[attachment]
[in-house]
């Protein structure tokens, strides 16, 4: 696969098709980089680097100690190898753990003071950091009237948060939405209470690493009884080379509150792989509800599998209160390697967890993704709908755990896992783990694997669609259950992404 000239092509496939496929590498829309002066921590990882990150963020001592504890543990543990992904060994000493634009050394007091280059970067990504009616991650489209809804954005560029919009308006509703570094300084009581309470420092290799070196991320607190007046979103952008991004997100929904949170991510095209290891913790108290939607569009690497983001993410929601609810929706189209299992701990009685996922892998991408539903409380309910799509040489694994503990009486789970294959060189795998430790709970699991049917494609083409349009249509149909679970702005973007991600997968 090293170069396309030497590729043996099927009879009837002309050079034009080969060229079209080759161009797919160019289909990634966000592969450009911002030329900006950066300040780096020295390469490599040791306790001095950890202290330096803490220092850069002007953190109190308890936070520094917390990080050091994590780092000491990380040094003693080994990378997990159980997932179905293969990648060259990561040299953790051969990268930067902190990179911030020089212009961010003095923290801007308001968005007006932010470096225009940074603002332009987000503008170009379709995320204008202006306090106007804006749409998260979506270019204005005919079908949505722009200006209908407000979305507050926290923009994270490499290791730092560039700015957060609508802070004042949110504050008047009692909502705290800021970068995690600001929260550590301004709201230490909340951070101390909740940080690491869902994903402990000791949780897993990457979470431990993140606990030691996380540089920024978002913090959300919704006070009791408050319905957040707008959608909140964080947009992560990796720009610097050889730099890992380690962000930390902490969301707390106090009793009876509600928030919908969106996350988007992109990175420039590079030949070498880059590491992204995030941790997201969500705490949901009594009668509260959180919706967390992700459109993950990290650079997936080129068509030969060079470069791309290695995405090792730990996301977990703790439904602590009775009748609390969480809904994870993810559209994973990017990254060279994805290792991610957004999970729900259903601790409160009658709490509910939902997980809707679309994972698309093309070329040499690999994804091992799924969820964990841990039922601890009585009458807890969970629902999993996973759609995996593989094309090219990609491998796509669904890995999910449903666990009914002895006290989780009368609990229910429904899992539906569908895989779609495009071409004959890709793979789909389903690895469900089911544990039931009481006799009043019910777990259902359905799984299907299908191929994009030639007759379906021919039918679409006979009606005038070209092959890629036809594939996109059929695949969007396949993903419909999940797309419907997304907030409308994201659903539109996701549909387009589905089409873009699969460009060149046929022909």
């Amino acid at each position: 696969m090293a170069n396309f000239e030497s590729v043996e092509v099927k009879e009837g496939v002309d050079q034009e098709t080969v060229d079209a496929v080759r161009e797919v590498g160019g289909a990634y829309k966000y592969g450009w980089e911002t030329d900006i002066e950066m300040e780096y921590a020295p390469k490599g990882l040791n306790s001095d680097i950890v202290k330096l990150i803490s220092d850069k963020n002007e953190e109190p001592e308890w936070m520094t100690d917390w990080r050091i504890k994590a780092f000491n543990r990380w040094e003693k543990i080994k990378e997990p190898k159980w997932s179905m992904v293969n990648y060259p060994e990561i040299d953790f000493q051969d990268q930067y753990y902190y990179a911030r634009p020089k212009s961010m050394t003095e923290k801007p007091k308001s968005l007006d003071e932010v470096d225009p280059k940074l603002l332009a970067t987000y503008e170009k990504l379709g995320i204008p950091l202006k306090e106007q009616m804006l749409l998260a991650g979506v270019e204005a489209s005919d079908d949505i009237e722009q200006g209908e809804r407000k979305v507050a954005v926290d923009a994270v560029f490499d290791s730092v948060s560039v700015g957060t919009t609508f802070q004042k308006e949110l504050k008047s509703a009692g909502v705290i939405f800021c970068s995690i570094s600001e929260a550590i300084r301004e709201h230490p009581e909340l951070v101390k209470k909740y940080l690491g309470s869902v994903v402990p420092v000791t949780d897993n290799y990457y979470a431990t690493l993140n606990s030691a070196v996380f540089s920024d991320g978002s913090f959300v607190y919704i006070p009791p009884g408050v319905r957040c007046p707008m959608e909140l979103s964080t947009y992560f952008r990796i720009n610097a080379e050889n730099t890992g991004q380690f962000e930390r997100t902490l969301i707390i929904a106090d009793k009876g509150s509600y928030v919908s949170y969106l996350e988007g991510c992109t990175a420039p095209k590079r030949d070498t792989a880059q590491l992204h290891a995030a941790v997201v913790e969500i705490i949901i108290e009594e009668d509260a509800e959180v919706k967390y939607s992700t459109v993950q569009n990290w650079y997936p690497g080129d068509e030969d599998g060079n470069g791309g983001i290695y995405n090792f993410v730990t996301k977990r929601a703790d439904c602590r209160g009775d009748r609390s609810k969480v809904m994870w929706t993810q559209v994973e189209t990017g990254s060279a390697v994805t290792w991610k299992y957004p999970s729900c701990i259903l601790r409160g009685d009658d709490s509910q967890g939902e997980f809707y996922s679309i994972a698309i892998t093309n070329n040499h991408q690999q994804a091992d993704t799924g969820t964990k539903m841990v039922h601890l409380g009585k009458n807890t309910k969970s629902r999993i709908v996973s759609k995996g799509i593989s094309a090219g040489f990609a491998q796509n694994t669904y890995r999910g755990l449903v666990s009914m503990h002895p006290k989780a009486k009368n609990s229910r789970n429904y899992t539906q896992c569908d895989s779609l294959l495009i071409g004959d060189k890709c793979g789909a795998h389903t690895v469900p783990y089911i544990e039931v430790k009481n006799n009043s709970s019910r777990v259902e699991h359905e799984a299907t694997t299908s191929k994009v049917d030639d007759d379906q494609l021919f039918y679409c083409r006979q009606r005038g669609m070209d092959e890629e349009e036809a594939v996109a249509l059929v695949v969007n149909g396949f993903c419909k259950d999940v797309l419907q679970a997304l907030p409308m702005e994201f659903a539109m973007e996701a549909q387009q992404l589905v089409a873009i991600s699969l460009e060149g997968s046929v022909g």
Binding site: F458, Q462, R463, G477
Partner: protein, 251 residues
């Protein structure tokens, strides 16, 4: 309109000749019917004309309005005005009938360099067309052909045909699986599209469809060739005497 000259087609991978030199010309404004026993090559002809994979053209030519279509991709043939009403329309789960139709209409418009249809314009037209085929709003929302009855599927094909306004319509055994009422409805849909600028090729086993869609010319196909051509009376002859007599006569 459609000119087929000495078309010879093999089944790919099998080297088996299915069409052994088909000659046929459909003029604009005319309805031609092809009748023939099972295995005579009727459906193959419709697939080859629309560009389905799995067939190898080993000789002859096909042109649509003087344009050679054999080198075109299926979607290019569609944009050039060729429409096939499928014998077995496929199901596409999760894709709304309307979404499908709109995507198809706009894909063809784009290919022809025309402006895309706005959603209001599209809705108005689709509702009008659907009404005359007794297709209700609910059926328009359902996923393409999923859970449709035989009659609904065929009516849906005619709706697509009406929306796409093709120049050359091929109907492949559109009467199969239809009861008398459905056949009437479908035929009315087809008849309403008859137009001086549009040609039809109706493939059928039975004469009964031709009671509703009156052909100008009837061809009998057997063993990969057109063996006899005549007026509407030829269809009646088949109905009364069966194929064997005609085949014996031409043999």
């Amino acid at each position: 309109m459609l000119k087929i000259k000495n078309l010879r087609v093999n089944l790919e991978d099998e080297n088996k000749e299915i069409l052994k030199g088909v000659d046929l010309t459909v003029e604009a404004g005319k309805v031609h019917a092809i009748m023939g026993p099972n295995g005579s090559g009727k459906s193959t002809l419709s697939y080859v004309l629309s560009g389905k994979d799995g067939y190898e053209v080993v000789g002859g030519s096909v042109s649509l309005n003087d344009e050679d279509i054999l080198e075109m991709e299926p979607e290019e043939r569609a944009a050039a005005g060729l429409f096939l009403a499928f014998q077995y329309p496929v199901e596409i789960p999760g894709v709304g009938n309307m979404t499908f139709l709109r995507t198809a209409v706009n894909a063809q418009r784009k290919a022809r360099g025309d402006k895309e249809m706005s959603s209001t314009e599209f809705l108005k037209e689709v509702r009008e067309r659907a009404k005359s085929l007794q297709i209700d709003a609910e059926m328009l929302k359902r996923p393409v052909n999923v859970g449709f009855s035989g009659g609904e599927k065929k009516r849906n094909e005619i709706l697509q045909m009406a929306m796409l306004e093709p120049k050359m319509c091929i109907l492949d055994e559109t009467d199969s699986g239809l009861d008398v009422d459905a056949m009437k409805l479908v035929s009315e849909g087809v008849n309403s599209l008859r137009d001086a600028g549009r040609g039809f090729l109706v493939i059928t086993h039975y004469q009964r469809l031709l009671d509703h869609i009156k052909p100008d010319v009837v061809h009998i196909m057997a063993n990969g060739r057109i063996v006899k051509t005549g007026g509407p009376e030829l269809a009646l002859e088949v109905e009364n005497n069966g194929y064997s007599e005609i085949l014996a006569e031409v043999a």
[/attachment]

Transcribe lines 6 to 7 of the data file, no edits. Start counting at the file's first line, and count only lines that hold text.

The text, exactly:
């Protein structure tokens, strides 16, 4: 309109000749019917004309309005005005009938360099067309052909045909699986599209469809060739005497 000259087609991978030199010309404004026993090559002809994979053209030519279509991709043939009403329309789960139709209409418009249809314009037209085929709003929302009855599927094909306004319509055994009422409805849909600028090729086993869609010319196909051509009376002859007599006569 459609000119087929000495078309010879093999089944790919099998080297088996299915069409052994088909000659046929459909003029604009005319309805031609092809009748023939099972295995005579009727459906193959419709697939080859629309560009389905799995067939190898080993000789002859096909042109649509003087344009050679054999080198075109299926979607290019569609944009050039060729429409096939499928014998077995496929199901596409999760894709709304309307979404499908709109995507198809706009894909063809784009290919022809025309402006895309706005959603209001599209809705108005689709509702009008659907009404005359007794297709209700609910059926328009359902996923393409999923859970449709035989009659609904065929009516849906005619709706697509009406929306796409093709120049050359091929109907492949559109009467199969239809009861008398459905056949009437479908035929009315087809008849309403008859137009001086549009040609039809109706493939059928039975004469009964031709009671509703009156052909100008009837061809009998057997063993990969057109063996006899005549007026509407030829269809009646088949109905009364069966194929064997005609085949014996031409043999």
């Amino acid at each position: 309109m459609l000119k087929i000259k000495n078309l010879r087609v093999n089944l790919e991978d099998e080297n088996k000749e299915i069409l052994k030199g088909v000659d046929l010309t459909v003029e604009a404004g005319k309805v031609h019917a092809i009748m023939g026993p099972n295995g005579s090559g009727k459906s193959t002809l419709s697939y080859v004309l629309s560009g389905k994979d799995g067939y190898e053209v080993v000789g002859g030519s096909v042109s649509l309005n003087d344009e050679d279509i054999l080198e075109m991709e299926p979607e290019e043939r569609a944009a050039a005005g060729l429409f096939l009403a499928f014998q077995y329309p496929v199901e596409i789960p999760g894709v709304g009938n309307m979404t499908f139709l709109r995507t198809a209409v706009n894909a063809q418009r784009k290919a022809r360099g025309d402006k895309e249809m706005s959603s209001t314009e599209f809705l108005k037209e689709v509702r009008e067309r659907a009404k005359s085929l007794q297709i209700d709003a609910e059926m328009l929302k359902r996923p393409v052909n999923v859970g449709f009855s035989g009659g609904e599927k065929k009516r849906n094909e005619i709706l697509q045909m009406a929306m796409l306004e093709p120049k050359m319509c091929i109907l492949d055994e559109t009467d199969s699986g239809l009861d008398v009422d459905a056949m009437k409805l479908v035929s009315e849909g087809v008849n309403s599209l008859r137009d001086a600028g549009r040609g039809f090729l109706v493939i059928t086993h039975y004469q009964r469809l031709l009671d509703h869609i009156k052909p100008d010319v009837v061809h009998i196909m057997a063993n990969g060739r057109i063996v006899k051509t005549g007026g509407p009376e030829l269809a009646l002859e088949v109905e009364n005497n069966g194929y064997s007599e005609i085949l014996a006569e031409v043999a």